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75 Years After the Japanese Internment, “Only the Oaks Remain”

A new photography exhibition at the Japanese American National Museum, Los Angeles, looks back at the site where innocent citizens were imprisoned during World War II.

Miss Rosenby Miss Rosen
Photo: Tuna Canyon Detention Center, Guard inside the control room (detail).

Sunday, February 19, marked the 75th anniversary of the Japanese internment, whereby the United States government set up ten camps during World War II to inter some 120,000 innocent Japanese American citizens and legal residents in the wake of the attack on Pearly Harbor. Each and every one of these men, women, and children were held prisoner against their will, without being charged with a crime, given a fair trial, or convicted of breaking any law.

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The government, acting under the orders of President Franklin D. Roosevelt, claimed such a blatant violation of the Constitution was a measure to protect “against espionage and sabotage.” The government determined the criterion included any person with who was 1/16 Japanese or more, or any orphaned infant with so much as “one drop of Japanese blood” could be imprisoned.

Tuna Canyon Detention Center, aerial view

Tuna Canyon Detention Center, aerial view

The crimes against American citizens were recognized in 1988, when President Ronald Reagan signed into law the Civil Liberties Act, which apologized for this egregious violation based on “race prejudice, war hysteria, and a failure of political leadership,” and authorized reparations in the amount of $20,000 (equivalent to $41,000 in 2016) to each camp survivor. In total, the government disbursed more than $1.16 billion ($3.24B in 2016) to 82,219 survivors and their heirs.

Three quarters of a century is plenty of time to forget about the sins of previous generations, particularly when the sites of the crime have been razed—and once the people die, only the photographs and their histories remain. The Japanese American National Museum, Los Angeles, presents Only the Oaks Remain: The Story of the Tuna Canyon Detention Station, a powerful collection of personal stories that brings this horrific chapter in history back to life. Featuring a selection of photographs, letters, diaries, and interviews with prisoners of Japanese, German, Italian, and Japanese-Peruvian heritage, the exhibition is on view now through April 9, 2017.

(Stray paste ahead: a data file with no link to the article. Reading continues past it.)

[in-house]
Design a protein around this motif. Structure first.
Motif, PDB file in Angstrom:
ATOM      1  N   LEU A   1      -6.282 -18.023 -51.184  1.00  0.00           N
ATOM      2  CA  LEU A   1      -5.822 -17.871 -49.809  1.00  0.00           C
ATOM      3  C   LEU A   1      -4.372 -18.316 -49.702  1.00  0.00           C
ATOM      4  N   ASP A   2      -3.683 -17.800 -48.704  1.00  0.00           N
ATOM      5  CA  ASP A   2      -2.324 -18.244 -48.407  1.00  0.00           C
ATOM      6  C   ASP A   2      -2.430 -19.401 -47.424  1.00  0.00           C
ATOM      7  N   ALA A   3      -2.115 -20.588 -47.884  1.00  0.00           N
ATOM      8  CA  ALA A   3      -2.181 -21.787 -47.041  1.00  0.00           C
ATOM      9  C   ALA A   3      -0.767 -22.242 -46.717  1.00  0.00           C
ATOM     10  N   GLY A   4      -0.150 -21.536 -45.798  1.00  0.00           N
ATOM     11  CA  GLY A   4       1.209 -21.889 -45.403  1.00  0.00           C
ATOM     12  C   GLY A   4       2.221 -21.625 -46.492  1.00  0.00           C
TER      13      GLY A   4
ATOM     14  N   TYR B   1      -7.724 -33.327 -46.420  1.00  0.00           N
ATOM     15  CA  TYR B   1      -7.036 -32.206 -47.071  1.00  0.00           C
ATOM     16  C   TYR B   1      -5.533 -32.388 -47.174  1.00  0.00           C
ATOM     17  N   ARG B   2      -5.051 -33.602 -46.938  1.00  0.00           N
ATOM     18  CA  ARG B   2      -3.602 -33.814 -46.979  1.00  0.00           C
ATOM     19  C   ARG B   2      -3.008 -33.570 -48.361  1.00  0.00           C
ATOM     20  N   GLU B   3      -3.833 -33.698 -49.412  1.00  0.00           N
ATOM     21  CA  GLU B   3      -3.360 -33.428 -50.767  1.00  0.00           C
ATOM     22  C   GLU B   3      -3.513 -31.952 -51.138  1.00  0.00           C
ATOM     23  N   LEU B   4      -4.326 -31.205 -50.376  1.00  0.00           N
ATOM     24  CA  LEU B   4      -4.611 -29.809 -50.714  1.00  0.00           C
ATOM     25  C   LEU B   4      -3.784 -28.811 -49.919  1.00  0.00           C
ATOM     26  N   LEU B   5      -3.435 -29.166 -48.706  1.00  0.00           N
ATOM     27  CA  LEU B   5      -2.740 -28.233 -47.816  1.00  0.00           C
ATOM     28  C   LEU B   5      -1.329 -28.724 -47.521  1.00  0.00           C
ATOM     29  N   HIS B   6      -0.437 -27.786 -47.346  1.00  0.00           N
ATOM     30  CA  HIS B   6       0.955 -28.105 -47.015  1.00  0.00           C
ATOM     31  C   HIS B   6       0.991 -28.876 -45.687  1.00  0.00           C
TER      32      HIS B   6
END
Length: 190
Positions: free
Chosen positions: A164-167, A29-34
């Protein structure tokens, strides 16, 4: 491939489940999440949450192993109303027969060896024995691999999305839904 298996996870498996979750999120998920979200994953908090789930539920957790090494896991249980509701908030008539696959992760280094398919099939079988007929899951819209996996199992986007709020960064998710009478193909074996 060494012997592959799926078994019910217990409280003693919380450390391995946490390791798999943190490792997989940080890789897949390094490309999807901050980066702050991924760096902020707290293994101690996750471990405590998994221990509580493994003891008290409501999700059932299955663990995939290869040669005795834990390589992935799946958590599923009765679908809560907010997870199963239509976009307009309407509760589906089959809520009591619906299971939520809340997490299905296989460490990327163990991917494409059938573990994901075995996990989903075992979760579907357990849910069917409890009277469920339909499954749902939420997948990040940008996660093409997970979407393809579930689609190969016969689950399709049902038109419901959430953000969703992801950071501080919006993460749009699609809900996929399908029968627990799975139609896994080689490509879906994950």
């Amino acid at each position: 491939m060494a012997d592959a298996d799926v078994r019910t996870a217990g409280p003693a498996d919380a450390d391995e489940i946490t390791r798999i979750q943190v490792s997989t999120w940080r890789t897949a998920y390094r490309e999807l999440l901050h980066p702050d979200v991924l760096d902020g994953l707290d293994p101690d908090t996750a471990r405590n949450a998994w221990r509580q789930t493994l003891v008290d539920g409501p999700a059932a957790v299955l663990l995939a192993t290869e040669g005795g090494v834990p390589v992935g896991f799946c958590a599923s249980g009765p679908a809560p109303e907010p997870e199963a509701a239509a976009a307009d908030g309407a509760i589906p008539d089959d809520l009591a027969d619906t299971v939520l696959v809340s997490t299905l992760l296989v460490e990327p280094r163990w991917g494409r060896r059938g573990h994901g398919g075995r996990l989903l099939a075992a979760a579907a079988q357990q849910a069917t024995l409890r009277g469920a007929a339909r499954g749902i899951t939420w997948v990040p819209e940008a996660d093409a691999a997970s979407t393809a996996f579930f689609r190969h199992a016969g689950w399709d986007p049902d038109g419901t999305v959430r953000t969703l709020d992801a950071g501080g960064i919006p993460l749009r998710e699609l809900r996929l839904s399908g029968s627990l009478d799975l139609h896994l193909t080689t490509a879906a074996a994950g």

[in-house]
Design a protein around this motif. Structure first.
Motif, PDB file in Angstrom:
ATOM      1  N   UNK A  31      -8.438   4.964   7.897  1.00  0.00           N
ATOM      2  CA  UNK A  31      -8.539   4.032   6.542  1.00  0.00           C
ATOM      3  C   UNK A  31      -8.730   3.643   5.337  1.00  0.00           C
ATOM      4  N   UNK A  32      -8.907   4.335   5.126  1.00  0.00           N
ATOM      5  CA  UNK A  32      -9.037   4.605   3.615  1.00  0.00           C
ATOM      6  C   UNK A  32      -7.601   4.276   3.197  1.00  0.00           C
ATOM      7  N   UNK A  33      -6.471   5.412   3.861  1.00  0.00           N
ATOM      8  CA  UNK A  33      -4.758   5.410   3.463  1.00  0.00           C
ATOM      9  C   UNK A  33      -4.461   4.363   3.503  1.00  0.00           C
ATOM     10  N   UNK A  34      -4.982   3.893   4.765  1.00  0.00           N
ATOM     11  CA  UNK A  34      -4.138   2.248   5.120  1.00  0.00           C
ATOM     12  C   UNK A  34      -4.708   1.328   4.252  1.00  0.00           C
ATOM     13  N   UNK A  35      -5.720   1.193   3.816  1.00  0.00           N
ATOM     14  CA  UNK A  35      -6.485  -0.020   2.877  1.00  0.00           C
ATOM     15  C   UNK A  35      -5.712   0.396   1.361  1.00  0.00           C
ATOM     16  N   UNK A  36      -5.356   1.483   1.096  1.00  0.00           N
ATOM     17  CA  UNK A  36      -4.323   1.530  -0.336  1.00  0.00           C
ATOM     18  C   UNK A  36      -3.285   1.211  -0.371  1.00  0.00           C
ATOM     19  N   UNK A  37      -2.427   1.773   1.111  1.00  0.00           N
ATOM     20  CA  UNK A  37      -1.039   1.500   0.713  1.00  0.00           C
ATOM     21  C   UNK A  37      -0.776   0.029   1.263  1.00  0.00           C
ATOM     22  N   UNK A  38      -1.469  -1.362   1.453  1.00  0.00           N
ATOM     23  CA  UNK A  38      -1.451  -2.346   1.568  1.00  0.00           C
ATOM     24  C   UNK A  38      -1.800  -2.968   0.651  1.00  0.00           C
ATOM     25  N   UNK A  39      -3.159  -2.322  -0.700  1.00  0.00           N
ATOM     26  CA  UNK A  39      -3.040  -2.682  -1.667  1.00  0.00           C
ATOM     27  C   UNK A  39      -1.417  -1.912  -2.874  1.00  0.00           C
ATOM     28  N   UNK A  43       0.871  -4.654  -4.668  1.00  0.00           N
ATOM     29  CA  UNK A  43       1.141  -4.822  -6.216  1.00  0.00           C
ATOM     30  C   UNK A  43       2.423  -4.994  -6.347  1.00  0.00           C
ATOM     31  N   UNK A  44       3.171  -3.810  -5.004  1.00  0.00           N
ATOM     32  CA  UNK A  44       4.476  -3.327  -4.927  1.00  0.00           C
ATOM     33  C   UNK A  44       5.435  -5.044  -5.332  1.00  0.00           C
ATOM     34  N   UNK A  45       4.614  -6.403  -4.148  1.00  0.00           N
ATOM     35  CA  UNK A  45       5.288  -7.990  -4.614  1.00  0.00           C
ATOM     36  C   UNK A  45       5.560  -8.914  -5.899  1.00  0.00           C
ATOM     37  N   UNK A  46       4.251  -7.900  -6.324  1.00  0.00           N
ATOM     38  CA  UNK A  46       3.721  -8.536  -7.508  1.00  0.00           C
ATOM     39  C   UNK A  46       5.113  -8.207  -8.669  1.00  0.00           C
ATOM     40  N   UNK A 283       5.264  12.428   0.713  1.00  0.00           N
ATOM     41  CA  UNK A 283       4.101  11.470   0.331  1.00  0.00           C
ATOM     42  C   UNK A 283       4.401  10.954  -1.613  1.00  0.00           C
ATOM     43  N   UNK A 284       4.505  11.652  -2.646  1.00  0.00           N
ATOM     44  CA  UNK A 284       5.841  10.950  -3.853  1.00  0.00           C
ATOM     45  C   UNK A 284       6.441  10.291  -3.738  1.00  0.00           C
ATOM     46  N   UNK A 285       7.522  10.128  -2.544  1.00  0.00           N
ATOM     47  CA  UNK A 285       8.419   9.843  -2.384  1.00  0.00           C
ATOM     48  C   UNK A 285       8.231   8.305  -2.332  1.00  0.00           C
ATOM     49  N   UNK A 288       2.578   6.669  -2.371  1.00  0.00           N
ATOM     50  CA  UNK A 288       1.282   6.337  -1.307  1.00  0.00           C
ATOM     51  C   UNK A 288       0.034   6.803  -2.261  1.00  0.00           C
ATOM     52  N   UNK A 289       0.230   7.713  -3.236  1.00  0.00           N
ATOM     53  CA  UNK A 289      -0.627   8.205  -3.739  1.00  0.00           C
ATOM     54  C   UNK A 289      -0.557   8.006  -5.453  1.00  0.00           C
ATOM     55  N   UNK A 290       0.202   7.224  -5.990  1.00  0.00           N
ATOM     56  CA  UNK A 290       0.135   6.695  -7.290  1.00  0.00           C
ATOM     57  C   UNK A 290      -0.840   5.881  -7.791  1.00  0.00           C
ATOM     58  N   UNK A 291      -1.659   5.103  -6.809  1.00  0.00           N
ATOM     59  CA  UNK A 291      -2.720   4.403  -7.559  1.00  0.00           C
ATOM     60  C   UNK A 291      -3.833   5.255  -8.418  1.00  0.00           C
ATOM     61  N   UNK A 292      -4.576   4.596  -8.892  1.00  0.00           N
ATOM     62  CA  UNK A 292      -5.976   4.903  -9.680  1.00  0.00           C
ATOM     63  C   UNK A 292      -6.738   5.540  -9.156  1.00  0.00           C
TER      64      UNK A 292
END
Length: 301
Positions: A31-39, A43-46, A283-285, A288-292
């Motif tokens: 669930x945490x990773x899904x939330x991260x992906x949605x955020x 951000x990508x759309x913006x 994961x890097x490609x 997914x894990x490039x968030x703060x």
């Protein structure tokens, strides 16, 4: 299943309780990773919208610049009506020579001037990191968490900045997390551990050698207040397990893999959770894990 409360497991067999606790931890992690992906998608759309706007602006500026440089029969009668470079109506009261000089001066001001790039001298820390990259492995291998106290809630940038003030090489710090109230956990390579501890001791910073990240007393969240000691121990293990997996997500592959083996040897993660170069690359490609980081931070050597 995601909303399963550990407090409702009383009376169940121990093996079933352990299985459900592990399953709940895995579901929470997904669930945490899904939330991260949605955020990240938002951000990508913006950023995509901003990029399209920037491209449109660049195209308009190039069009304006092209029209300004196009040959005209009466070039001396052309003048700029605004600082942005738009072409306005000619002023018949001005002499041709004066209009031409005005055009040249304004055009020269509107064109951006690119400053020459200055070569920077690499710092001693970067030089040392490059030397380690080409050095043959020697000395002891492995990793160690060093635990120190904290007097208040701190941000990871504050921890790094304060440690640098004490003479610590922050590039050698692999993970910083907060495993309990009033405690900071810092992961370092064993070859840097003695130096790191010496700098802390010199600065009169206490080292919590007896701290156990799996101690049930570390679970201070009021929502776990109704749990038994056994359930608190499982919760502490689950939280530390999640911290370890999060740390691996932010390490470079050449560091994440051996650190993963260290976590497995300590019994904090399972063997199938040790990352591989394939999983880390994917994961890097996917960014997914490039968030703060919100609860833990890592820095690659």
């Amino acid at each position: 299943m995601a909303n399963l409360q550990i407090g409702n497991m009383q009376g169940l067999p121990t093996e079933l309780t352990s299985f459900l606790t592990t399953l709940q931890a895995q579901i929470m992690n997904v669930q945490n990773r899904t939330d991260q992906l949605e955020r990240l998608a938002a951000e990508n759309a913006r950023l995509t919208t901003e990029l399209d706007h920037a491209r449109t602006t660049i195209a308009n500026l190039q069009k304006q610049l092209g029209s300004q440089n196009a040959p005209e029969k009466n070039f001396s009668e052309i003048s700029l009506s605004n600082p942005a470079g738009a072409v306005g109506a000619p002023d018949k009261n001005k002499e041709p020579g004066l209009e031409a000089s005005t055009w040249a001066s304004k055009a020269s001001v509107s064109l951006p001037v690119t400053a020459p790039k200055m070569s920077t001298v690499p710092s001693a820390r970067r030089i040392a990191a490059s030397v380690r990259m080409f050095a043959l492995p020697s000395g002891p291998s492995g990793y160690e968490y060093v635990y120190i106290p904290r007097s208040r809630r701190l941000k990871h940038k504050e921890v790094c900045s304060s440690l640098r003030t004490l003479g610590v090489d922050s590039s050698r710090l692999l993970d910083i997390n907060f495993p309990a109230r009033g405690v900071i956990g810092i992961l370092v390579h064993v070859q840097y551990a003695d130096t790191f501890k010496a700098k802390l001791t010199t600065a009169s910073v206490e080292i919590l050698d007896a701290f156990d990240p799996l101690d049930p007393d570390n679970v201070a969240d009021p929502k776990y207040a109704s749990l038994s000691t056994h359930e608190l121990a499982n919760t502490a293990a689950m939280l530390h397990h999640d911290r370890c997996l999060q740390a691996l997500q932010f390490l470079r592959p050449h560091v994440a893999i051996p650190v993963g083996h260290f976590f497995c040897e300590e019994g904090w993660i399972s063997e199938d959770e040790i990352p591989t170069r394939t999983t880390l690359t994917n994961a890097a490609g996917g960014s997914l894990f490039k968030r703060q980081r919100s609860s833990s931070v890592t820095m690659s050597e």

Tuna Canyon Detention Center, bunk room

Tuna Canyon Detention Center, bunk room

The Tuna Canyon Detention Center officially opened on December 16, 1941, when the first group of detainees were brought in, to be held indefinitely. The Department of Justice converted a vacated Civilian Conservation Corps camp into a detention center by installing twelve-foot-high barbed wire fences, guard posts, and flood lights. Located in the Tujunga neighborhood of Los Angeles, the facility was a temporary holding station where people were held until transferred to other internment camps run by the DOJ or the Army. With a capacity for 300, the Center held more than 2,000 prisoners until its official closing on October 31, 1943.

Just 17 years later, in 1960, the government sold the property. The buildings were demolished and in their place rose the Verdugo Hills Gold Course. A portion of the site, located at 6433 West La Tuna Canyon Road, was declared a Los Angeles Historic-Cultural Monument in 2013.

Tuna Canyon Detention Center, Men playing horseshoes within the fence

Tuna Canyon Detention Center, Men playing horseshoes within the fence

Only the Oaks Remain takes us back to this totalitarian period in American history, using personal narrative and declassified government documents to illuminate the humanity of the people forced to bare the brunt of systemic racism and tyrannical rule. An Honor Wall bears the name of each and every detainee, creating a contemplative space to recognize the scope of the tragedy.

The anniversary and the exhibition are unfortunately timely events, reminding us that the greatest gift of the past is our opportunity to learn from it. We are fortunate to have such resources readily available at our fingertips, making us responsible not just for acknowledging the crimes of the past but working to prevent them from repeating themselves.

All photos: Courtesy of the Merrill H. Scott family.

Miss Rosen is a journalist covering art, photography, culture, and books. Her byline has appeared in L’Uomo Vogue, Whitewall, Dazed Digital, Jocks and Nerds, and L’Oeil de la Photographie. Follow her on Twitter @Miss_Rosen.